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Perspective: Housing Bottom Nowhere in Sight

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The market will undoubtedly over-correct to the downside.

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Editor's Note: James Quinn is a senior director of strategic planning for a major university. James has held high-level financial positions with a retailer, homebuilder and a university in his 22-year career. He can be found online at www.theburningplatform.com.


Normal: Being approximately average or within certain limits; typical.

Abnormal: Not typical, usual, or regular; not normal; deviant.

Which definition is the best represents our economic situation today?

Housing Normality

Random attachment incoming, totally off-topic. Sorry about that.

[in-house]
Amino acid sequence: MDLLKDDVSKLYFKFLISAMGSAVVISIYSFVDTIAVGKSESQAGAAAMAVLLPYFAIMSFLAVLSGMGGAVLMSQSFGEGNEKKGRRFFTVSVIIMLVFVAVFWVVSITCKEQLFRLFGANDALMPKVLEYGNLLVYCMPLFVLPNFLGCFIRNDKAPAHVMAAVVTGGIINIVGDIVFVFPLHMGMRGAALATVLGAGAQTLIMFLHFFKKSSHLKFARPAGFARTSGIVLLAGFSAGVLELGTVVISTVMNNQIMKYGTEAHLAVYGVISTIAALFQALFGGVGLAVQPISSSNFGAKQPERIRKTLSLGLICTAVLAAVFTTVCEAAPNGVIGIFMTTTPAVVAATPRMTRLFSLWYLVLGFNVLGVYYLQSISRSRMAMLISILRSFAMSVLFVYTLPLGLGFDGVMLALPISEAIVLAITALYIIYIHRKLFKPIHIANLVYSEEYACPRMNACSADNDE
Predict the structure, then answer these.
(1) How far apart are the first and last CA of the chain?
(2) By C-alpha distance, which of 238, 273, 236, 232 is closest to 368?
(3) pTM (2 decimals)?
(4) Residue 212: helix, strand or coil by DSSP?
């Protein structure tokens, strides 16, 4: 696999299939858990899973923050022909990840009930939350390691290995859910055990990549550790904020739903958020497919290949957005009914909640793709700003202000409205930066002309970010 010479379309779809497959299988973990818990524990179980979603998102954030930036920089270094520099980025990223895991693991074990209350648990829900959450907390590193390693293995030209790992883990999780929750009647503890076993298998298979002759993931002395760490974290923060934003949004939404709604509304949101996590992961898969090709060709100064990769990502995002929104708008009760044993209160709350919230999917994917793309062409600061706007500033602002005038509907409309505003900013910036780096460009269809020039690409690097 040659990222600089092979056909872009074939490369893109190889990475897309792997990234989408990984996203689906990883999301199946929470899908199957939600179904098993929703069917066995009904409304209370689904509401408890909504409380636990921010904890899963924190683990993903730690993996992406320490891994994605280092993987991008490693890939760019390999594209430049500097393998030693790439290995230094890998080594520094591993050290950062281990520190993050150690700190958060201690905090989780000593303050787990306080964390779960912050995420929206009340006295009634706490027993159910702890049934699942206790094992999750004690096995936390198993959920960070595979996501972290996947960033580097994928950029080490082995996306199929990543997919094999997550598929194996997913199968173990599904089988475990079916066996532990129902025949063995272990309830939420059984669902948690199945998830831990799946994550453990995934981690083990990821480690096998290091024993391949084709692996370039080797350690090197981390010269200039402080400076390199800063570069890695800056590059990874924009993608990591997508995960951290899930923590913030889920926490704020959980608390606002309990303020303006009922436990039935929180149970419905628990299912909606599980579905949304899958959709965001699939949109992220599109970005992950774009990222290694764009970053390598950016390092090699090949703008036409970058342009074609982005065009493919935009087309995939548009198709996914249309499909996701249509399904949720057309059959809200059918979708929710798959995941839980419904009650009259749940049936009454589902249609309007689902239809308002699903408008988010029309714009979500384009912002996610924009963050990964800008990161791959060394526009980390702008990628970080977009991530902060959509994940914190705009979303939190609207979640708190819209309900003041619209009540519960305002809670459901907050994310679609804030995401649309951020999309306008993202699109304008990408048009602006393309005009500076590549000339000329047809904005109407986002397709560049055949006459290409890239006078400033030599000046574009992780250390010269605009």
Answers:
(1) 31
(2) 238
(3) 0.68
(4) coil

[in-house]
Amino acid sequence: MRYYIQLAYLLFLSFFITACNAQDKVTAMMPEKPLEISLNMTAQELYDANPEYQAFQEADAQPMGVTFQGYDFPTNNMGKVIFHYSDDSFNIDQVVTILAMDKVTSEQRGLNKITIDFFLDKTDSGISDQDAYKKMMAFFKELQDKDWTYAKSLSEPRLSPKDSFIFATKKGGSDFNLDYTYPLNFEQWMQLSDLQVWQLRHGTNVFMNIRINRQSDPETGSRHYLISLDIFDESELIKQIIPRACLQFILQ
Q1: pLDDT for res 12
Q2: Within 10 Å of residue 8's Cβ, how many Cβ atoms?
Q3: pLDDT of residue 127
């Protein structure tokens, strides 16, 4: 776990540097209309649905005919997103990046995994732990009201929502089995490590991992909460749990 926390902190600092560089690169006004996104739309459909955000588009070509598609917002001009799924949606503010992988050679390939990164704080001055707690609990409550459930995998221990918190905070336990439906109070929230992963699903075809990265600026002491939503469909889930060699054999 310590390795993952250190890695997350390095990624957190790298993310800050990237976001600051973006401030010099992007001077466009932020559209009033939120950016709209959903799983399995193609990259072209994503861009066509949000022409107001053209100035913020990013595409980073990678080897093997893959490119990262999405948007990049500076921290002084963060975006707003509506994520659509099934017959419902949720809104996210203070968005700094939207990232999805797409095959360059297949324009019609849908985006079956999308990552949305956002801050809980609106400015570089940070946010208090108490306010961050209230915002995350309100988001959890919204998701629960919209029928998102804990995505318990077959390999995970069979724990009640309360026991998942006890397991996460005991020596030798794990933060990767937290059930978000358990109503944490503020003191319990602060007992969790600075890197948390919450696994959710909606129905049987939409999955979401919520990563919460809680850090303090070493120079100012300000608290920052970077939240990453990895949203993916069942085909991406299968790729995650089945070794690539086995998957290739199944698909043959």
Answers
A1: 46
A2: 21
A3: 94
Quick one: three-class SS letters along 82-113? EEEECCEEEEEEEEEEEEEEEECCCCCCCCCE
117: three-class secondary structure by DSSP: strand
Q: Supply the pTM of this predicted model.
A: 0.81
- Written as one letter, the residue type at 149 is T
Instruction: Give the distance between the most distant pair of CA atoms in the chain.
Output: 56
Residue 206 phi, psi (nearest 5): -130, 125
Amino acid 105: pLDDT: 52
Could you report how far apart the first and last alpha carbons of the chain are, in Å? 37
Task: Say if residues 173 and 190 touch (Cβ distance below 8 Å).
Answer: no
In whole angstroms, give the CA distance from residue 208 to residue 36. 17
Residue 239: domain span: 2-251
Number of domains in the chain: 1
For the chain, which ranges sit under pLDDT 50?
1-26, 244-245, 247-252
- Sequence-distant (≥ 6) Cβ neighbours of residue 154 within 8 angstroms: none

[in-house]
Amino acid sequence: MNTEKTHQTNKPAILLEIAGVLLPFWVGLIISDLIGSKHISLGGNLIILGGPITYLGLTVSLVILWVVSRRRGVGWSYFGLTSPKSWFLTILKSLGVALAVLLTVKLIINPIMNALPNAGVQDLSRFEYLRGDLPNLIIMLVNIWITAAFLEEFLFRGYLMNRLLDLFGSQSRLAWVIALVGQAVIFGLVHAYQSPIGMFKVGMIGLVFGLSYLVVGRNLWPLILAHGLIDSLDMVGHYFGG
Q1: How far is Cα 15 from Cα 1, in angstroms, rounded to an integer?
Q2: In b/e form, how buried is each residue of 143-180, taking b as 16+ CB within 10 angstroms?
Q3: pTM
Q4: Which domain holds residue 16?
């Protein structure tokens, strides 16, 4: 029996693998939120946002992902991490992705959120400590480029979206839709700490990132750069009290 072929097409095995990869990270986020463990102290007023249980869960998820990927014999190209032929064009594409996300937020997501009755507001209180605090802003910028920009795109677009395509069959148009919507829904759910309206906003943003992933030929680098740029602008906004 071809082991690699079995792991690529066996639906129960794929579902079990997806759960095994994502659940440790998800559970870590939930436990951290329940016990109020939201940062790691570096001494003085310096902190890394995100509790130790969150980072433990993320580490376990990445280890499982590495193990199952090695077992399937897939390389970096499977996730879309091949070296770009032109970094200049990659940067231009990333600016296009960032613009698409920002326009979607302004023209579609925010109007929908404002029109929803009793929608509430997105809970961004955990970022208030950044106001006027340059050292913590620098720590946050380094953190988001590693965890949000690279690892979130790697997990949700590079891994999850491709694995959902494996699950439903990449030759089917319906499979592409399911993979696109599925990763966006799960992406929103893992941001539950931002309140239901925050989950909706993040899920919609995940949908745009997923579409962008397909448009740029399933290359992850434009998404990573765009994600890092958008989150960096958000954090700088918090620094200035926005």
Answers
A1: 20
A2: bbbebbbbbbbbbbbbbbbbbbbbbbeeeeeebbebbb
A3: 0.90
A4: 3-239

As soon as we can stabilize housing, all of our troubles will be solved. This is the mantra we hear night after night from financial pundits. The chart below unmistakably paints an abnormal picture of home prices.



Karl Case, of the S&P/Case-Shiller Home Price Indices, has studied US house prices going back to the 1890s. Over the long run, he says, home prices tend to increase on average at an inflation-adjusted rate of 2.5% to 3% a year, about the same as per-capita income.

The American population has steadily increased from 100 million to 300 million over the last 120 years. Home prices gained at an uneven rate from 1890 until 2000. But -- thanks to the greatest bubble in history -- prices after 2000 doubled in many places in 6 years, versus a 15% expected historical return.



No positions in stocks mentioned.

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